Bariatric surgery results in rapid weight loss and resolution of comorbidities such as hypertension. We aimed to compare which of the two most common procedures; vertical sleeve gastrectomy (VSG) or Roux-en Y gastric bypass (RYGB) was associated with sustained remission from hypertension and identify other independent predictors of sustained remission.
This was a retrospective study design using Truven MarketScan database enrollment, inpatient and pharmacy claims from 2010 to 2016. A cohort of hypertensive bariatric patients was created using detailed inclusion and exclusion criteria. Remission was defined as no refill of antihypertensive medication 30 days after a patients’ medication was expected to run out and relapse as medication refill after at least 90 days of remission.
Of 7006 patients in our cohort, 5874 experienced remission of their hypertension (83.8%). 745 of the 5874 (12.7%) patients later experienced relapse. The adjusted relative rate of remission between VSG and RYGB was 1.06 [95% CI; 1.0, 1.11.] The adjusted relative rate of relapse between VSG and RYGB was 0.84 [95% CI; 0.71, 0.97]. A higher number of medications at the time of surgery was associated with a decreasing rate of remission and an increasing rate of relapse of hypertension.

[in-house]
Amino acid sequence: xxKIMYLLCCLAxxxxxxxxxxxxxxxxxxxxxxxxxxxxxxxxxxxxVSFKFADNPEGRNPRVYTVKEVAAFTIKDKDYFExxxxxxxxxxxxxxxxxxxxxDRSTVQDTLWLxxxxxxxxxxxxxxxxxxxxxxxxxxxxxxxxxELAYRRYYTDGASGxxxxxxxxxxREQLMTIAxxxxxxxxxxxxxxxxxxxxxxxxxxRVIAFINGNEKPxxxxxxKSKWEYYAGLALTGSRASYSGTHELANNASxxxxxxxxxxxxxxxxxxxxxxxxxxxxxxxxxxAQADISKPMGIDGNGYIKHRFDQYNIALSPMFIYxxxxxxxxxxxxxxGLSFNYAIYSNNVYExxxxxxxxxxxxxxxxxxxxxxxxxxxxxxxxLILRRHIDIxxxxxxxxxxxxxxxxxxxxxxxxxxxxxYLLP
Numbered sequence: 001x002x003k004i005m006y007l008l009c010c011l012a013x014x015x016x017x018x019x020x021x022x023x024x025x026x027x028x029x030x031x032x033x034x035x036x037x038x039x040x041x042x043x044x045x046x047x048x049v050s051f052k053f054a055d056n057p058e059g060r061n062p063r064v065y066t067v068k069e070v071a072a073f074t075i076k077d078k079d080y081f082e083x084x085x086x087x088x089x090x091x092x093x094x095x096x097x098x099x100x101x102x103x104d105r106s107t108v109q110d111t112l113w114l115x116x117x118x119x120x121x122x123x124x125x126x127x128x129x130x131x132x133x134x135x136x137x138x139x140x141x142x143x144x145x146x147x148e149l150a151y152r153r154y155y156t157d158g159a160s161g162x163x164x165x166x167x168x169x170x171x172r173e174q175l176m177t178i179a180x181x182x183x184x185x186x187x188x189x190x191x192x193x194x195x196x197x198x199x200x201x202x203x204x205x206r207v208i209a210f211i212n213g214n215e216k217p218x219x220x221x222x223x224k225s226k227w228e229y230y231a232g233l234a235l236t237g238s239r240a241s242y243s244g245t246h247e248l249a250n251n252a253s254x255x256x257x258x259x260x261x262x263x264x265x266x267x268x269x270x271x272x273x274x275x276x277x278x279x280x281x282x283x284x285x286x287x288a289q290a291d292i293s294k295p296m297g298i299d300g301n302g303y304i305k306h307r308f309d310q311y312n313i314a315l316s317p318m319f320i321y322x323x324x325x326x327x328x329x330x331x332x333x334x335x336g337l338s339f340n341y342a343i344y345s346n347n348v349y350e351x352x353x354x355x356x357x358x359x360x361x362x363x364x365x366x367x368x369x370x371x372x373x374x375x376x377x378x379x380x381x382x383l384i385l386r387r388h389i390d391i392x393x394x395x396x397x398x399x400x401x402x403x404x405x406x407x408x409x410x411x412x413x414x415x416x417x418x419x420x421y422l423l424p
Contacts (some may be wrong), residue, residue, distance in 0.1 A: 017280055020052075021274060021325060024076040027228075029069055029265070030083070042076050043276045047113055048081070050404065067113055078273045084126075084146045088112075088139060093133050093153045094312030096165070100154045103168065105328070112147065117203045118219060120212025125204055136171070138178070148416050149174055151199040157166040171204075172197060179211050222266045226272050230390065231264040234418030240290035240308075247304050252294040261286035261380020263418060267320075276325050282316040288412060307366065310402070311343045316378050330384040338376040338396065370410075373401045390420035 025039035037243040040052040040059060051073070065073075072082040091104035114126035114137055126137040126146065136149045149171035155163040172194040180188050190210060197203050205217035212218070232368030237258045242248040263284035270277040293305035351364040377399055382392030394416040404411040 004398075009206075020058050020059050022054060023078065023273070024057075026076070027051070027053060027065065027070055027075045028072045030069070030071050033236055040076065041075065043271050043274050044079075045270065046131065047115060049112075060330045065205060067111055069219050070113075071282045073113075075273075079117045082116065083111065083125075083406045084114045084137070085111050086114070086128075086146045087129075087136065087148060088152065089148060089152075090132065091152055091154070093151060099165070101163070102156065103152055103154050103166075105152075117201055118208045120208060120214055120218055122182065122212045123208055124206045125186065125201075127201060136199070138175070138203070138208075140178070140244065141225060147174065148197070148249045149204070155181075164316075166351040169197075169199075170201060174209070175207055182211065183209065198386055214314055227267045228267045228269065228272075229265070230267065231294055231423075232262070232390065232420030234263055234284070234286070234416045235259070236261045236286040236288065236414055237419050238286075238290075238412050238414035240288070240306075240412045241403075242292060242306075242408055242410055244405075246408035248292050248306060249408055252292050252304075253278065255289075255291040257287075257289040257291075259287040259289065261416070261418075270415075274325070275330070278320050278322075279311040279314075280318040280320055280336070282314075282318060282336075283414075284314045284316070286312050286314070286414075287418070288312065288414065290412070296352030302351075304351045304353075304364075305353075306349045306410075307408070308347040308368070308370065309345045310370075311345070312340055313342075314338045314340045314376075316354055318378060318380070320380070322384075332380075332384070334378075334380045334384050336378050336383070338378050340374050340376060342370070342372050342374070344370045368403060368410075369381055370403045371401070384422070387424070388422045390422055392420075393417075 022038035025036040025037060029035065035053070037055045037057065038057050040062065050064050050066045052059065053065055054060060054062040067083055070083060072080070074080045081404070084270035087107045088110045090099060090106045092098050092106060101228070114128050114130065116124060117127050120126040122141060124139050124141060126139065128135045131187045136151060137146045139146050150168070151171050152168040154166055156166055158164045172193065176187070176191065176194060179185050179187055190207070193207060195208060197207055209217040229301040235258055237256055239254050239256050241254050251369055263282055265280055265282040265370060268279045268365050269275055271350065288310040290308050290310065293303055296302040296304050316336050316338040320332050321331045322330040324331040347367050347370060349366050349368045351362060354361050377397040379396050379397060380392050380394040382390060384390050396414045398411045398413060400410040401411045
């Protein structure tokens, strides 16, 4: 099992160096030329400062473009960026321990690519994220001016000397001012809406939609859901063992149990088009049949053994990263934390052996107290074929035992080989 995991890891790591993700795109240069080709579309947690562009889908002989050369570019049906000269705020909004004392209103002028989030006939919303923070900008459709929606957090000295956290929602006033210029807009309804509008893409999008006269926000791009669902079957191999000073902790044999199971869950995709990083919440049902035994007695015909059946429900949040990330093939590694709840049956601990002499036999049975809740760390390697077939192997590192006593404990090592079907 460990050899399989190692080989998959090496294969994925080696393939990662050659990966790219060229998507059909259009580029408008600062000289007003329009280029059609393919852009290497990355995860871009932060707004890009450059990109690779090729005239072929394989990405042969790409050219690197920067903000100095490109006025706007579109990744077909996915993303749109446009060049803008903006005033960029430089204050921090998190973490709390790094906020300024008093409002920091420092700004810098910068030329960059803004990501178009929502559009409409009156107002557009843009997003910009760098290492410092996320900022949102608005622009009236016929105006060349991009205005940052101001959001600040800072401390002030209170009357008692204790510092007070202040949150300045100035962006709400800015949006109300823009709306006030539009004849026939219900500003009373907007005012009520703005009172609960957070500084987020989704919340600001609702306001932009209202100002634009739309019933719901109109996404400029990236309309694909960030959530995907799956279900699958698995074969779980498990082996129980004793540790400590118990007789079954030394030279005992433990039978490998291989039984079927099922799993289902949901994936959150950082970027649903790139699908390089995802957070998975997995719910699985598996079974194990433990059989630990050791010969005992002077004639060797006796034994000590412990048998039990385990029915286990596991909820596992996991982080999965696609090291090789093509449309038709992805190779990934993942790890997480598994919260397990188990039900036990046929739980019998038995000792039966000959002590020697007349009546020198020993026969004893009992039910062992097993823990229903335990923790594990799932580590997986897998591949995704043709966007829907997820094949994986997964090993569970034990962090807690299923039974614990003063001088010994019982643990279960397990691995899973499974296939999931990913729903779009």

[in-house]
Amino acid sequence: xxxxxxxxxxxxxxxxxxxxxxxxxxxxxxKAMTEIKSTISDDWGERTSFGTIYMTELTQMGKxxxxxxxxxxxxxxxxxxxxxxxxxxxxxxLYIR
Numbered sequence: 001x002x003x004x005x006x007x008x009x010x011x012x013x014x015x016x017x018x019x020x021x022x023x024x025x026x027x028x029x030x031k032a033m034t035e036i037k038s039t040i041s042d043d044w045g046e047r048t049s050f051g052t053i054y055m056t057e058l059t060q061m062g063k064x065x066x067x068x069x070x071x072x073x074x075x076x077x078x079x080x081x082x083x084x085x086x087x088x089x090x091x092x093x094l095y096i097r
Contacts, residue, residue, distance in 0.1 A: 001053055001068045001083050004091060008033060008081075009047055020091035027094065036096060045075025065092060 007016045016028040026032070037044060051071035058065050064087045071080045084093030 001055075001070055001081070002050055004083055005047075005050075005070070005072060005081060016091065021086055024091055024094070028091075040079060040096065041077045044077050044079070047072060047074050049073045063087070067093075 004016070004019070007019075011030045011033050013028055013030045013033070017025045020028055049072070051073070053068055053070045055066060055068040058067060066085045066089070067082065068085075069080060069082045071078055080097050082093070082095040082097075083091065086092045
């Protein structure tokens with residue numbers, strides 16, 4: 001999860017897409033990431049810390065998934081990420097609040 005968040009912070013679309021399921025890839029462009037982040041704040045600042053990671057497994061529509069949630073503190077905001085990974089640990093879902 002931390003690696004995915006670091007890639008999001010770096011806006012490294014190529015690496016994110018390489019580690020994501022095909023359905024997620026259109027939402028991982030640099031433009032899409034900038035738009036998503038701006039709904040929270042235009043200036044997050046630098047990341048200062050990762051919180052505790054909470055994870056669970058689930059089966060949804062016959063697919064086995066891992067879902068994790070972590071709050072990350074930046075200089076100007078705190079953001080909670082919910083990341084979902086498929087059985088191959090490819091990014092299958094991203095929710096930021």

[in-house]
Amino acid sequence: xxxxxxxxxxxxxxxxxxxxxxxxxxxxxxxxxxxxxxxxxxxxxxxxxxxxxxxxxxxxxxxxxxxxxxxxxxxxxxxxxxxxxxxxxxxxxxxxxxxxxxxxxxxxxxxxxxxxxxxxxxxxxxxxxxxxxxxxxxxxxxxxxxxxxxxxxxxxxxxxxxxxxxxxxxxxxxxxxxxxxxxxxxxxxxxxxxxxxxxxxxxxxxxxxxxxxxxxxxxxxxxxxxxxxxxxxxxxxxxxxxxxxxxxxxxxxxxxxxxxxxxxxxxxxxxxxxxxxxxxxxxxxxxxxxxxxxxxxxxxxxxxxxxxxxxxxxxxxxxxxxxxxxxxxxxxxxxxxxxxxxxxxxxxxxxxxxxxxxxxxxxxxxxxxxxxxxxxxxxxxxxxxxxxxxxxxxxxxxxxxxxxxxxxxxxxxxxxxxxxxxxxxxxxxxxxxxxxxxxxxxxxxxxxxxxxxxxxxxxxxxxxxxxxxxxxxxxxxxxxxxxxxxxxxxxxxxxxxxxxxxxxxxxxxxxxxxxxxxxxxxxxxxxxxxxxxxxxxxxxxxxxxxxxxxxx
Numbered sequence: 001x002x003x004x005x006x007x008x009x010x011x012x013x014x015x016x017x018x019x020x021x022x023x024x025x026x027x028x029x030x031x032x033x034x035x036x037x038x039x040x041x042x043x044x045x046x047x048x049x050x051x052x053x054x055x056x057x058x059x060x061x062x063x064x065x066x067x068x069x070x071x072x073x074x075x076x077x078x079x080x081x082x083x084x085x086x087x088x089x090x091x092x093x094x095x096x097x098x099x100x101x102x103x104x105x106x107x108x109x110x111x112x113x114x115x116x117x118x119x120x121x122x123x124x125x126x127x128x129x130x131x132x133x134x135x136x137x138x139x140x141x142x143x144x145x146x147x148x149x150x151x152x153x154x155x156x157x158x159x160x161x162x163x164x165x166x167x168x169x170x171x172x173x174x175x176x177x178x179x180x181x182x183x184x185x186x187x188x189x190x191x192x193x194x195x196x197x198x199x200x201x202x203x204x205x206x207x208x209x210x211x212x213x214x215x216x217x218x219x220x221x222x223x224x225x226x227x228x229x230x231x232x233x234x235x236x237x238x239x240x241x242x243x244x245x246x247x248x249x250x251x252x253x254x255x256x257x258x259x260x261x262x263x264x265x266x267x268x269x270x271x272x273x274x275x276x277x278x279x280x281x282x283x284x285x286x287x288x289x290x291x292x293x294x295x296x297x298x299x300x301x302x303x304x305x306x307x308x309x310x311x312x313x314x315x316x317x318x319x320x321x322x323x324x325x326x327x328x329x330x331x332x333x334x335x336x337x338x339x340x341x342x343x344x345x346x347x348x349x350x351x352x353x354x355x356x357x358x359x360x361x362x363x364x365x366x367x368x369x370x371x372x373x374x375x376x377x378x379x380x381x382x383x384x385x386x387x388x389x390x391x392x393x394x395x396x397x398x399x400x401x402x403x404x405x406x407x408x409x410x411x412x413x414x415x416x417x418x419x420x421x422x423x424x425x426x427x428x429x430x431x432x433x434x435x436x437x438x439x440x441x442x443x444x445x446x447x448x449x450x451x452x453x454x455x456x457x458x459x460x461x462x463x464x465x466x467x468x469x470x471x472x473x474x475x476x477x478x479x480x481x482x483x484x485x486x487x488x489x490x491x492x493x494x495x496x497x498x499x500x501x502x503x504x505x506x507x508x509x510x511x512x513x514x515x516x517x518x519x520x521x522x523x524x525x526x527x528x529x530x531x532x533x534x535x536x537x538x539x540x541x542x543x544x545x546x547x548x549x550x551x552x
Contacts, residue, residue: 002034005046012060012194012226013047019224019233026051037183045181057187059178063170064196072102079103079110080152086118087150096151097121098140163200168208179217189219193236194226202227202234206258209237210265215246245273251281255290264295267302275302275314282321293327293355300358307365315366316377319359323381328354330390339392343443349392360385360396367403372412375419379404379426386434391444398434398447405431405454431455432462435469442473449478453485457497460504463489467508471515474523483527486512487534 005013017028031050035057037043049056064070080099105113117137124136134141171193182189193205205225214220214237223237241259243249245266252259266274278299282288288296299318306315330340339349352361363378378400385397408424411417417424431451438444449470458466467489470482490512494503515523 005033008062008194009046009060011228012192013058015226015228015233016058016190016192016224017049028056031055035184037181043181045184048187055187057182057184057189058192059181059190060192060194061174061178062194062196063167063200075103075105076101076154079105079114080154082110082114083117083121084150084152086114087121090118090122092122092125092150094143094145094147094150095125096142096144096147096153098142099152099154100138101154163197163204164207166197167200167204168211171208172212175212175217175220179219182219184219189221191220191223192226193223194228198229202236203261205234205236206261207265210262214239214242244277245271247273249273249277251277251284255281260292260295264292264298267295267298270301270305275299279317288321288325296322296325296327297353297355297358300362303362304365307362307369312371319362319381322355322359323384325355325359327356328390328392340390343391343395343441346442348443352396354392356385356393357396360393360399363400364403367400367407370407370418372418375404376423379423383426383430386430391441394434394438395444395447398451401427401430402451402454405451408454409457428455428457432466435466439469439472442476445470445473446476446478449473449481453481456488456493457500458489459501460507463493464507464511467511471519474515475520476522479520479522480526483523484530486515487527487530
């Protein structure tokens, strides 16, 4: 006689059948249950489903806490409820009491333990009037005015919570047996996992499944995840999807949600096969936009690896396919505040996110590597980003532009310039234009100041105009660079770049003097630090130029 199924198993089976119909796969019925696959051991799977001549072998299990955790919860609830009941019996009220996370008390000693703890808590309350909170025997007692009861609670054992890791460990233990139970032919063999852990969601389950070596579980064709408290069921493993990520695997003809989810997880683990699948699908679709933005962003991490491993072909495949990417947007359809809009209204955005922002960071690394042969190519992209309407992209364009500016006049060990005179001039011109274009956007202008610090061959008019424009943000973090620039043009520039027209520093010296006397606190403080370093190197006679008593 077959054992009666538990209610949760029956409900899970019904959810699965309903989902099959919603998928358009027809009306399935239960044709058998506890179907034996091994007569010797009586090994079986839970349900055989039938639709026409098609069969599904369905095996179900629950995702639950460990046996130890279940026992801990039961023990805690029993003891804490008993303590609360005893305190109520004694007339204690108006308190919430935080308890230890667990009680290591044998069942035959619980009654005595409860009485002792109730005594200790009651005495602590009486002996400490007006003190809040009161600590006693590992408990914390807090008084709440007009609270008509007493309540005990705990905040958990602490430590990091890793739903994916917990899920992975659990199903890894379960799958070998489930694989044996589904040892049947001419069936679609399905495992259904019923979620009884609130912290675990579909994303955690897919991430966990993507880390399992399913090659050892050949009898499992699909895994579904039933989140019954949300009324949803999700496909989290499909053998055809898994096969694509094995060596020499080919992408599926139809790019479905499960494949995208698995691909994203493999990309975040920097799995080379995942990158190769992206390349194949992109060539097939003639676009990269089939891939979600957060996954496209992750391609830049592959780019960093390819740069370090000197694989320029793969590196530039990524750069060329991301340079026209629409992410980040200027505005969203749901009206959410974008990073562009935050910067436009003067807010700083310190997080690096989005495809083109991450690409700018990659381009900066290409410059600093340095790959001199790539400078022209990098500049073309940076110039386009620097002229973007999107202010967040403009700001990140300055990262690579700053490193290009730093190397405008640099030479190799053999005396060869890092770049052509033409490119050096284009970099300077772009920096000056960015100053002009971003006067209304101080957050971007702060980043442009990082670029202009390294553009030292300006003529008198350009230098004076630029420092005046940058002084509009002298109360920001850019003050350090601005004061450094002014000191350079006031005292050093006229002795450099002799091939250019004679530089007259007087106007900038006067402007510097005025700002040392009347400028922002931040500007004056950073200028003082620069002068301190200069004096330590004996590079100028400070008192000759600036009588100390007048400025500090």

There was no difference in the rate of remission of hypertension between VSG and RYGB. VSG was associated with a decreased rate of relapse of hypertension compared to RYGB.The number of medications at the time of surgery was the most important predictor of remission and relapse of hypertension after surgery.